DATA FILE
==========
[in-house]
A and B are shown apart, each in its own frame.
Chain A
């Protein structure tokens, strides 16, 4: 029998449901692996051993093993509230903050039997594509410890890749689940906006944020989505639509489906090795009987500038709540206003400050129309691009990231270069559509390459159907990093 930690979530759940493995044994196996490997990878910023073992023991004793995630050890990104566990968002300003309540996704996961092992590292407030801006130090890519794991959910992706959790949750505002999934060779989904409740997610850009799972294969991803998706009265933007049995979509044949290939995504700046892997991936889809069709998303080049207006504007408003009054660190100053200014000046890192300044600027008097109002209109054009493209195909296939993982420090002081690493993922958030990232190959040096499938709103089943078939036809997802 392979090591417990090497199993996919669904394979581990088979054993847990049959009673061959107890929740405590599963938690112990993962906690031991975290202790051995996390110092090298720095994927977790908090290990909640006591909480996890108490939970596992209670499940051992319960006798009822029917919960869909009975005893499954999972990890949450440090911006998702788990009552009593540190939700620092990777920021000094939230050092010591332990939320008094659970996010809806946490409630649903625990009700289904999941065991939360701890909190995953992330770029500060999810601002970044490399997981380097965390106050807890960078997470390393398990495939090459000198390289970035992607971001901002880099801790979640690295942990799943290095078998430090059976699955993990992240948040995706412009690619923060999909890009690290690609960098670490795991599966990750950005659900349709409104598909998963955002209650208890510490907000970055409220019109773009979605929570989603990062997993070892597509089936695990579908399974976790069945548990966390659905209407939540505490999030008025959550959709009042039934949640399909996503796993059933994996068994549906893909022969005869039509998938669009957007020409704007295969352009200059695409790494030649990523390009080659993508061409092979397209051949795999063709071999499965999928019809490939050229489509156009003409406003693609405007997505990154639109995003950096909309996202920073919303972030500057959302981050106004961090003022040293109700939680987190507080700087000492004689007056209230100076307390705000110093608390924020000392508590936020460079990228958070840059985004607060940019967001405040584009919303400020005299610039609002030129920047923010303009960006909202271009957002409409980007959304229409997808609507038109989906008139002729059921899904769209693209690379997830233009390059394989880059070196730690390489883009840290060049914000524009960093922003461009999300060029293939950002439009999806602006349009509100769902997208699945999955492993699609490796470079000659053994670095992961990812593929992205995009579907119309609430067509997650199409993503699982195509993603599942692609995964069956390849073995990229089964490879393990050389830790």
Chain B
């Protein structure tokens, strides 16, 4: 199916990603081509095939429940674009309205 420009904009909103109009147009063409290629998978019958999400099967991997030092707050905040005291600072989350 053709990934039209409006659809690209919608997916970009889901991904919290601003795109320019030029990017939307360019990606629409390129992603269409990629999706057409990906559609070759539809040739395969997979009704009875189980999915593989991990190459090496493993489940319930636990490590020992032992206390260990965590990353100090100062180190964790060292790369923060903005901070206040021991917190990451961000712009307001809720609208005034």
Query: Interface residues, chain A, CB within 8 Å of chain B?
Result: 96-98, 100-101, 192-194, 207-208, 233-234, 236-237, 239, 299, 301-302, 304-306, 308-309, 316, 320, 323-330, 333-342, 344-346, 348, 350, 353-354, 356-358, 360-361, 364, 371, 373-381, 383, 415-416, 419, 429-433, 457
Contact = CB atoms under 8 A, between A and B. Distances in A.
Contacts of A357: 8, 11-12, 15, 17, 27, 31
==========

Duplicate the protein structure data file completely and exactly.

[in-house]
A and B are shown apart, each in its own frame.
Chain A
């Protein structure tokens, strides 16, 4: 029998449901692996051993093993509230903050039997594509410890890749689940906006944020989505639509489906090795009987500038709540206003400050129309691009990231270069559509390459159907990093 930690979530759940493995044994196996490997990878910023073992023991004793995630050890990104566990968002300003309540996704996961092992590292407030801006130090890519794991959910992706959790949750505002999934060779989904409740997610850009799972294969991803998706009265933007049995979509044949290939995504700046892997991936889809069709998303080049207006504007408003009054660190100053200014000046890192300044600027008097109002209109054009493209195909296939993982420090002081690493993922958030990232190959040096499938709103089943078939036809997802 392979090591417990090497199993996919669904394979581990088979054993847990049959009673061959107890929740405590599963938690112990993962906690031991975290202790051995996390110092090298720095994927977790908090290990909640006591909480996890108490939970596992209670499940051992319960006798009822029917919960869909009975005893499954999972990890949450440090911006998702788990009552009593540190939700620092990777920021000094939230050092010591332990939320008094659970996010809806946490409630649903625990009700289904999941065991939360701890909190995953992330770029500060999810601002970044490399997981380097965390106050807890960078997470390393398990495939090459000198390289970035992607971001901002880099801790979640690295942990799943290095078998430090059976699955993990992240948040995706412009690619923060999909890009690290690609960098670490795991599966990750950005659900349709409104598909998963955002209650208890510490907000970055409220019109773009979605929570989603990062997993070892597509089936695990579908399974976790069945548990966390659905209407939540505490999030008025959550959709009042039934949640399909996503796993059933994996068994549906893909022969005869039509998938669009957007020409704007295969352009200059695409790494030649990523390009080659993508061409092979397209051949795999063709071999499965999928019809490939050229489509156009003409406003693609405007997505990154639109995003950096909309996202920073919303972030500057959302981050106004961090003022040293109700939680987190507080700087000492004689007056209230100076307390705000110093608390924020000392508590936020460079990228958070840059985004607060940019967001405040584009919303400020005299610039609002030129920047923010303009960006909202271009957002409409980007959304229409997808609507038109989906008139002729059921899904769209693209690379997830233009390059394989880059070196730690390489883009840290060049914000524009960093922003461009999300060029293939950002439009999806602006349009509100769902997208699945999955492993699609490796470079000659053994670095992961990812593929992205995009579907119309609430067509997650199409993503699982195509993603599942692609995964069956390849073995990229089964490879393990050389830790």
Chain B
């Protein structure tokens, strides 16, 4: 199916990603081509095939429940674009309205 420009904009909103109009147009063409290629998978019958999400099967991997030092707050905040005291600072989350 053709990934039209409006659809690209919608997916970009889901991904919290601003795109320019030029990017939307360019990606629409390129992603269409990629999706057409990906559609070759539809040739395969997979009704009875189980999915593989991990190459090496493993489940319930636990490590020992032992206390260990965590990353100090100062180190964790060292790369923060903005901070206040021991917190990451961000712009307001809720609208005034």
Query: Interface residues, chain A, CB within 8 Å of chain B?
Result: 96-98, 100-101, 192-194, 207-208, 233-234, 236-237, 239, 299, 301-302, 304-306, 308-309, 316, 320, 323-330, 333-342, 344-346, 348, 350, 353-354, 356-358, 360-361, 364, 371, 373-381, 383, 415-416, 419, 429-433, 457
Contact = CB atoms under 8 A, between A and B. Distances in A.
Contacts of A357: 8, 11-12, 15, 17, 27, 31